Read biographies of very successful people. Learn from what they say,and listen to how they did it. Get a reading device on your computer or phone and start downloading books on business, branding,music, and marketing. There are a lot of free digital books out there, so you don't need a lot of money to start building our library. I read every day and I love to save e-books because I can carry my library in the palm of my hand or my shirt pocket.
What's the best advice you ever received?
"Do what you love." If you follow that advice, you'll never have to work for someone else if you put your whole heart into it what you really enjoy doing.
Earlier you mentioned preserving tribal languages, which is a perennial concern -- what would you do to ensure their survival?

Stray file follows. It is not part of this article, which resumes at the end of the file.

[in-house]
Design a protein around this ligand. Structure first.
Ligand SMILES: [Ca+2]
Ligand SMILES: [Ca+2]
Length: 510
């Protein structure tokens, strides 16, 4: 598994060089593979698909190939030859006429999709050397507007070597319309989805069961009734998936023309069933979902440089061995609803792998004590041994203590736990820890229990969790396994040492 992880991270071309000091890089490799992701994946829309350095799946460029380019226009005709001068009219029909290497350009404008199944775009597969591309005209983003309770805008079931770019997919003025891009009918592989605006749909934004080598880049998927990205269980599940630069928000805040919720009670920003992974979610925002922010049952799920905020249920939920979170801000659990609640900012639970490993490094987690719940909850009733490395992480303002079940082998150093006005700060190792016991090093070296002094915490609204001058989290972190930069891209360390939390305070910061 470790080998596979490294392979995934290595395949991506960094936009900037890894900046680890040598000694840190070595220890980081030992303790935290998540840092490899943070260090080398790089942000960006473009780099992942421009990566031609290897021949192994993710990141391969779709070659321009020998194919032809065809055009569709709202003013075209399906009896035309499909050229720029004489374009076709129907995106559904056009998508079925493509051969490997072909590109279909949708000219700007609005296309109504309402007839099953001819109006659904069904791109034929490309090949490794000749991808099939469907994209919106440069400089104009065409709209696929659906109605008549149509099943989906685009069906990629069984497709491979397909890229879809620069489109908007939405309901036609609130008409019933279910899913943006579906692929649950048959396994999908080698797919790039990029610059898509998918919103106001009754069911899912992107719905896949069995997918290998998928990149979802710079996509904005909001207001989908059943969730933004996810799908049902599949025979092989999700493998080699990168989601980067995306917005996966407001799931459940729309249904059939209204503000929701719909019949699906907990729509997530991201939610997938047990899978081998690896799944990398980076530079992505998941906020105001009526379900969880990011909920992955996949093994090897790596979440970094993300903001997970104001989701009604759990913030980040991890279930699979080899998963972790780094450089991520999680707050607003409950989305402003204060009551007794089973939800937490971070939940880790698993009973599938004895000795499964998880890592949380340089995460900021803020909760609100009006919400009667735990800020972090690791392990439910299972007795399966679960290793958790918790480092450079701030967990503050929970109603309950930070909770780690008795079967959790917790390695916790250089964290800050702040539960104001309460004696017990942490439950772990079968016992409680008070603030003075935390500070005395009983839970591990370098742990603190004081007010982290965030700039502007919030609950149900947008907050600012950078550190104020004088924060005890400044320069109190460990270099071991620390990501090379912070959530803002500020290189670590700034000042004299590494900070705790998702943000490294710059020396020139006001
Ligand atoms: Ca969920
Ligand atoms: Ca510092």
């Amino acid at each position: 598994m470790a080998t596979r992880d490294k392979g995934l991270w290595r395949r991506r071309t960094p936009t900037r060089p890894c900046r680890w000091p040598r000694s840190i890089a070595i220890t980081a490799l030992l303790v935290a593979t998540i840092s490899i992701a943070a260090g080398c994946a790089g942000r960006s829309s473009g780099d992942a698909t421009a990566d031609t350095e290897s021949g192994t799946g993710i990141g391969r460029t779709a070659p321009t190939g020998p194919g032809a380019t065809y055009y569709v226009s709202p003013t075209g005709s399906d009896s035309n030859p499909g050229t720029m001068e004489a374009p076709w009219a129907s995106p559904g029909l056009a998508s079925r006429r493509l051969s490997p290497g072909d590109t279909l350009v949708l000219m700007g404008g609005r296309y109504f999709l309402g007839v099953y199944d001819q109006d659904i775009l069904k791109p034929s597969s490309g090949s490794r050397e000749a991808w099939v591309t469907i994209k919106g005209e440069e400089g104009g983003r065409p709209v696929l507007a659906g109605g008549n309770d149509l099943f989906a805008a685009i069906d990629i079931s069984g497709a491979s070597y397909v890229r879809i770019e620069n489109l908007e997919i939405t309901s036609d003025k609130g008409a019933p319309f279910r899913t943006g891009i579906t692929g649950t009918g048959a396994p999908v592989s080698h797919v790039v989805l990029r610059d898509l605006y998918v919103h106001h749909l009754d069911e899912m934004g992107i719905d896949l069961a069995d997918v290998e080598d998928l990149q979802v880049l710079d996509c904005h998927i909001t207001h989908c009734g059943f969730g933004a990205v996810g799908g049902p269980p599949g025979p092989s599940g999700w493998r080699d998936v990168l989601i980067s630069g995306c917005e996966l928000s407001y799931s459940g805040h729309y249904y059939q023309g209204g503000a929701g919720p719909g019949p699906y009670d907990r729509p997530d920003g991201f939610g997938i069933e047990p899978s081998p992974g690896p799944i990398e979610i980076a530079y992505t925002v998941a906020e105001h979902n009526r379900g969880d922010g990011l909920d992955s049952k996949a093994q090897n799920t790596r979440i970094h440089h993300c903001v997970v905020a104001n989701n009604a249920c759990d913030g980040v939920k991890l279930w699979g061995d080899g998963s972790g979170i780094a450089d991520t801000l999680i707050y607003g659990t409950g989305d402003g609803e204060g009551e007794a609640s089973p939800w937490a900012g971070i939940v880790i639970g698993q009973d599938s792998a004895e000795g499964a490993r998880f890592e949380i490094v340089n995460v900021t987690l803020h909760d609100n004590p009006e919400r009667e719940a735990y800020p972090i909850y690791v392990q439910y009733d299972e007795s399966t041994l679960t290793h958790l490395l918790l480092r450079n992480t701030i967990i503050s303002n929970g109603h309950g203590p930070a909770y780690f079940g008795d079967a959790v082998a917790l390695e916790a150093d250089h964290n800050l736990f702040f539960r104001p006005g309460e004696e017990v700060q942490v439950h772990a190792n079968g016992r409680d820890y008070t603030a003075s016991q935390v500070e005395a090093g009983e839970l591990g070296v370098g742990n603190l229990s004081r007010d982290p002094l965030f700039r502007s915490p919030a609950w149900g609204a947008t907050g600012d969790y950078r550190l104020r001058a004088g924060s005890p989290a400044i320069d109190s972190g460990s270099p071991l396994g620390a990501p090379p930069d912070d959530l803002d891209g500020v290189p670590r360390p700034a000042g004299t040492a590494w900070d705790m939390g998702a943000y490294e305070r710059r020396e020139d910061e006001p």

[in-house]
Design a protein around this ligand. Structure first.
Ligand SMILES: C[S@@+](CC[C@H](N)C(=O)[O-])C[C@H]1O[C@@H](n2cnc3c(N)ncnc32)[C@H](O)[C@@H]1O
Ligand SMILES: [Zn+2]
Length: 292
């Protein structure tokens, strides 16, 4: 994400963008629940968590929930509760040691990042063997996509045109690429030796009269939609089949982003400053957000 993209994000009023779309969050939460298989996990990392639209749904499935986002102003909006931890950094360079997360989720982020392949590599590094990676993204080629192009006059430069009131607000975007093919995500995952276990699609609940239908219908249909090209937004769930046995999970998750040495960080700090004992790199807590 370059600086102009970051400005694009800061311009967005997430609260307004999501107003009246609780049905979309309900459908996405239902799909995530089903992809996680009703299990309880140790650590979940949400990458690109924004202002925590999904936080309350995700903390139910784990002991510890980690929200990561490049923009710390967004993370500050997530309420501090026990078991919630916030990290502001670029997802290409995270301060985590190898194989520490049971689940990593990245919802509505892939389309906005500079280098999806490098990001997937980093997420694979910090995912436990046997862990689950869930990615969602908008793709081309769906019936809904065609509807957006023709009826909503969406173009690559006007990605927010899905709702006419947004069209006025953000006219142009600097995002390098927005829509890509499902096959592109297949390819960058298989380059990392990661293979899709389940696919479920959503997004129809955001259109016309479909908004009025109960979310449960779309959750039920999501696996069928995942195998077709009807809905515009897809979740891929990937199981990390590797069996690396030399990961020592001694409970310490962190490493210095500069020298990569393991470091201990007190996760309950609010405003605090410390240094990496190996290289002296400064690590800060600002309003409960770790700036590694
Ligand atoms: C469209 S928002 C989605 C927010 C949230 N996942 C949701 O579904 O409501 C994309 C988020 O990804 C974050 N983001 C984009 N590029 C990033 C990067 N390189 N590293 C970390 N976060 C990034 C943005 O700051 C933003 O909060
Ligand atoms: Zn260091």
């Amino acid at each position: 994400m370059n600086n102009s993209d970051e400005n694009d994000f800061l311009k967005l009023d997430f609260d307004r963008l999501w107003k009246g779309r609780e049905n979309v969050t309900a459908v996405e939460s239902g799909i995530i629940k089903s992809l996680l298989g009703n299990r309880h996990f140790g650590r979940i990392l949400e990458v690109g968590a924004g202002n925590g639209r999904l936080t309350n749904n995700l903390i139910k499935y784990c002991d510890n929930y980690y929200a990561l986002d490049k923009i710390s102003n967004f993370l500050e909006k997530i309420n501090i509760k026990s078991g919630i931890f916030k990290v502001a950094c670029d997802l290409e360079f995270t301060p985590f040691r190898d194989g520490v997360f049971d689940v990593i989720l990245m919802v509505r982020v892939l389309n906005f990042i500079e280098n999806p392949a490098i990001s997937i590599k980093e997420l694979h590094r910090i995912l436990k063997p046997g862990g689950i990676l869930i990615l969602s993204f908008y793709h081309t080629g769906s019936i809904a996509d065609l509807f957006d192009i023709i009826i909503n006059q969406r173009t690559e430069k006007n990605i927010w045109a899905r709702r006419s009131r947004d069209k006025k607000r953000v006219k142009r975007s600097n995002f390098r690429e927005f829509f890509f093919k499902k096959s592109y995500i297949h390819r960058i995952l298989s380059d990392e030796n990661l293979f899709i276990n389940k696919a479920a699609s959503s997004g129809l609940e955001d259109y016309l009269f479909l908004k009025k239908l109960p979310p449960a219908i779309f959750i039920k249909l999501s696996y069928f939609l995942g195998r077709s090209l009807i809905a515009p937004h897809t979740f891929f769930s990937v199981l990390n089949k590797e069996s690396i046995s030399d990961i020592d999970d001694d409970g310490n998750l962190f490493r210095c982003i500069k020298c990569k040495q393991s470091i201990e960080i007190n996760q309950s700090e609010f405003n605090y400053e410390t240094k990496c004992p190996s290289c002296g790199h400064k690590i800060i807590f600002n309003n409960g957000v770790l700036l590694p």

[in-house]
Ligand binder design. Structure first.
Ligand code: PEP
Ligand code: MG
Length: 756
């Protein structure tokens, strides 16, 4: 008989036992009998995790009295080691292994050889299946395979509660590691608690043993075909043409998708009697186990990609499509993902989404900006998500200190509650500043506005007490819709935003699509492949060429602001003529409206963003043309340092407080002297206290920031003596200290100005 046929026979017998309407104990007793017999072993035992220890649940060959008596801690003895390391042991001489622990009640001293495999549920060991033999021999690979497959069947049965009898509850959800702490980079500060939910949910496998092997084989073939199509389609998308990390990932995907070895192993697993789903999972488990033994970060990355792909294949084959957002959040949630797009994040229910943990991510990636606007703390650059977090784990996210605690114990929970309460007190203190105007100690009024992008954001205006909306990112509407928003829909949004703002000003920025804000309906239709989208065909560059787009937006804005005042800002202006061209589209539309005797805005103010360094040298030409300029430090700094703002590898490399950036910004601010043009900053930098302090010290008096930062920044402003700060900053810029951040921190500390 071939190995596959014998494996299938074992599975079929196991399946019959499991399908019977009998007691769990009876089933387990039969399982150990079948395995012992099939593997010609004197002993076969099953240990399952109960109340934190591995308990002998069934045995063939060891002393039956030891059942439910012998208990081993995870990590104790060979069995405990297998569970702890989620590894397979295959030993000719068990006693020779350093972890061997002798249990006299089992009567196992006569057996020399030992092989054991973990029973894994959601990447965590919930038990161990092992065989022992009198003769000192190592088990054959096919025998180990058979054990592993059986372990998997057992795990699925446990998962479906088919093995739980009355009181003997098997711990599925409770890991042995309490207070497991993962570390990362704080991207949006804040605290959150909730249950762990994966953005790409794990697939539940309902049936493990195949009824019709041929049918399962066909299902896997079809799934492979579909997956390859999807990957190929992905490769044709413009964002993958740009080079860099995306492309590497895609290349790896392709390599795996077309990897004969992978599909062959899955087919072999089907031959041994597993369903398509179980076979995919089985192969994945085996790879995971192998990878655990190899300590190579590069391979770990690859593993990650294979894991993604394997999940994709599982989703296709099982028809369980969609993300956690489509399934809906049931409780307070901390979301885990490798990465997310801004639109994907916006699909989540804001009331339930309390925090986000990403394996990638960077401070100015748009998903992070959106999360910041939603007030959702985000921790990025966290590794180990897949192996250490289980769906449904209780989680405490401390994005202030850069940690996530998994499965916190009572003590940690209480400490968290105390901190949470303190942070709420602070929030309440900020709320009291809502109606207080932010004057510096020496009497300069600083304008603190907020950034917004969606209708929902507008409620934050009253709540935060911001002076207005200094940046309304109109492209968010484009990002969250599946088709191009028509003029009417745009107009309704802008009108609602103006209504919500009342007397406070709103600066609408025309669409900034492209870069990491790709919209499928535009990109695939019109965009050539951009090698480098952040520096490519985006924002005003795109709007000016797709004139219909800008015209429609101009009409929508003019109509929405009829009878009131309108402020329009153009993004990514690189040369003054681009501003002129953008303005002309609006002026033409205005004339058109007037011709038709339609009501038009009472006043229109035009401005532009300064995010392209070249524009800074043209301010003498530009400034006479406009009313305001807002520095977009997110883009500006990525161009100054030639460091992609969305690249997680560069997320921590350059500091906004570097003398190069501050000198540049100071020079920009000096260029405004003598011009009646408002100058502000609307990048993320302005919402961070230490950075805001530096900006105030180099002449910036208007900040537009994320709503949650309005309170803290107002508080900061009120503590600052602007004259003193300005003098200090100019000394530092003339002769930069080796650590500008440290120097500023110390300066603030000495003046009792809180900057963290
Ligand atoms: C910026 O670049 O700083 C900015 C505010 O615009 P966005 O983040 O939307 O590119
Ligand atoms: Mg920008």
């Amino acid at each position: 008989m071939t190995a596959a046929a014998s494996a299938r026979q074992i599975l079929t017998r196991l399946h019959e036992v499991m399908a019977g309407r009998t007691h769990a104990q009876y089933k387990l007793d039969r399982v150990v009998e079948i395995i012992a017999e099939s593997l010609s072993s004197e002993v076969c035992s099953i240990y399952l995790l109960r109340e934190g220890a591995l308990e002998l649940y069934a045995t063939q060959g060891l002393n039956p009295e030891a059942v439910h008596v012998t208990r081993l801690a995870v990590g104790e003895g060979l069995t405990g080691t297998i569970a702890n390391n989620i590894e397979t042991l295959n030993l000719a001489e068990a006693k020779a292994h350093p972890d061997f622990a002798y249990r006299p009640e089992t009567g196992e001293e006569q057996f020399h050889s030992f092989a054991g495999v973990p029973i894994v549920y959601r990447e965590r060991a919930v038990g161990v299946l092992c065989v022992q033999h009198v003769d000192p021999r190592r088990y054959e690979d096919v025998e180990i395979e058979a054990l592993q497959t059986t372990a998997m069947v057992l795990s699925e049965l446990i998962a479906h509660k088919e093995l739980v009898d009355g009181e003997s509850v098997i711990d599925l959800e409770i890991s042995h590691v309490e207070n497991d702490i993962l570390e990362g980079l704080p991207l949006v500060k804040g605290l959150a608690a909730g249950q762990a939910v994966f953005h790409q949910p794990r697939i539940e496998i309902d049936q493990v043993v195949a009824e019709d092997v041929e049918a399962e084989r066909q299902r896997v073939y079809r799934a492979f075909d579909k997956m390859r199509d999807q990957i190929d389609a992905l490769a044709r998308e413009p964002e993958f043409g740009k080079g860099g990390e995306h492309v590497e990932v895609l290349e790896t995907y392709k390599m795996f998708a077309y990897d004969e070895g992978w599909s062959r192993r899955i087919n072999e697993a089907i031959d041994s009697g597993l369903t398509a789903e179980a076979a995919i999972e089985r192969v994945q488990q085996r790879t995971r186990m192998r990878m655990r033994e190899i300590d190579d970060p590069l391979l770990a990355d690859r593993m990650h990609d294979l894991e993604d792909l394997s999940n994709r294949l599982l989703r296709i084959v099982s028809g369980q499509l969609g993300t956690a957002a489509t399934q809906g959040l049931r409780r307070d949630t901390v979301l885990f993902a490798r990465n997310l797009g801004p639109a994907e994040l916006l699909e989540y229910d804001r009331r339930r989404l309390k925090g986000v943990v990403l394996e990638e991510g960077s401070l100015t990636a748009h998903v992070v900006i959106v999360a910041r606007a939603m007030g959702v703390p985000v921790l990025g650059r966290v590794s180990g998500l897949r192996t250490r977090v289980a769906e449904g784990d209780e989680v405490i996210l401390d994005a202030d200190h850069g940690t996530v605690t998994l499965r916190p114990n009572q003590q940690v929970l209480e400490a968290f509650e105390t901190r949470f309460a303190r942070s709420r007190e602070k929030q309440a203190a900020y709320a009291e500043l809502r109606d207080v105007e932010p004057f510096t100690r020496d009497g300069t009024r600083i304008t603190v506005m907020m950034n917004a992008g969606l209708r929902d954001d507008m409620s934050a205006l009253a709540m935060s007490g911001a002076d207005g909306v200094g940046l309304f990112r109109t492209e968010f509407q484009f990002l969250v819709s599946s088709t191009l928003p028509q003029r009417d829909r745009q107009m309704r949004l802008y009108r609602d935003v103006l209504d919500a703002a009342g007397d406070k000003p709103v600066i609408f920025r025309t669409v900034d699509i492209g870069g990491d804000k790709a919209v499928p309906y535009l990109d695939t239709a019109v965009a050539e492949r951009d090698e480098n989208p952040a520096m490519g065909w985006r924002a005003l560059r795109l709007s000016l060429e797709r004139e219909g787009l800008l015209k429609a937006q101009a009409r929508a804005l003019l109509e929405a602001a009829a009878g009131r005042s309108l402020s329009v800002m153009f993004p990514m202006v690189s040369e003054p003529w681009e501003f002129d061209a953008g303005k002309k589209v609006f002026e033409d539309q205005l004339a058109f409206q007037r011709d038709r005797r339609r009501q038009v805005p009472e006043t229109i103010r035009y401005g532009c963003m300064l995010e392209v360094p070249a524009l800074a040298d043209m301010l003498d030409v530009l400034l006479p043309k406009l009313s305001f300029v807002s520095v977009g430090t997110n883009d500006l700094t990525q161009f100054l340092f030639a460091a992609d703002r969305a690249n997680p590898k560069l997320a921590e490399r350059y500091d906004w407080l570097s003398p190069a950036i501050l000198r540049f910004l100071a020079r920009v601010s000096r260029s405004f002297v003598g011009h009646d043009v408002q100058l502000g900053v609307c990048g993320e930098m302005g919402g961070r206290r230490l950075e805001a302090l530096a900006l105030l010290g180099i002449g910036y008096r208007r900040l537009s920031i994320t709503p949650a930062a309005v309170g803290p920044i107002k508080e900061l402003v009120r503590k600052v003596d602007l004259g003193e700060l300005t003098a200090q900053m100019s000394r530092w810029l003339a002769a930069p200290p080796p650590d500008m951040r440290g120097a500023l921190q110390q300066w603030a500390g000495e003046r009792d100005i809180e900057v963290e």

I think all tribal governments should have a website for learning their language, and that website shouldl be open to all tribal members 24/7. There should be pre-recorded classes that anyone can watch at any time without having to enroll or sign up for and wait to be accepted into. If we want to preserve our languages we are going to have to speed things up and open the doors to the classrooms via the internet and in our communities. Only letting a select few take classes is taking part in killing your language, especially if it is one of the many on the endangered list. They also need to teach verb conjugation. Without that, there is no way a person can learn to form sentences. That is one thing I have noticed about the Cherokee language lessons. There is no verb conjugation taught like you see in college or high school foreign language classes. This needs to be fixed immediately. People cannot learn and preserve a language by memorizing a few phrases.
What's your assessment of the state of Indian country -- what's good, and what needs to be done?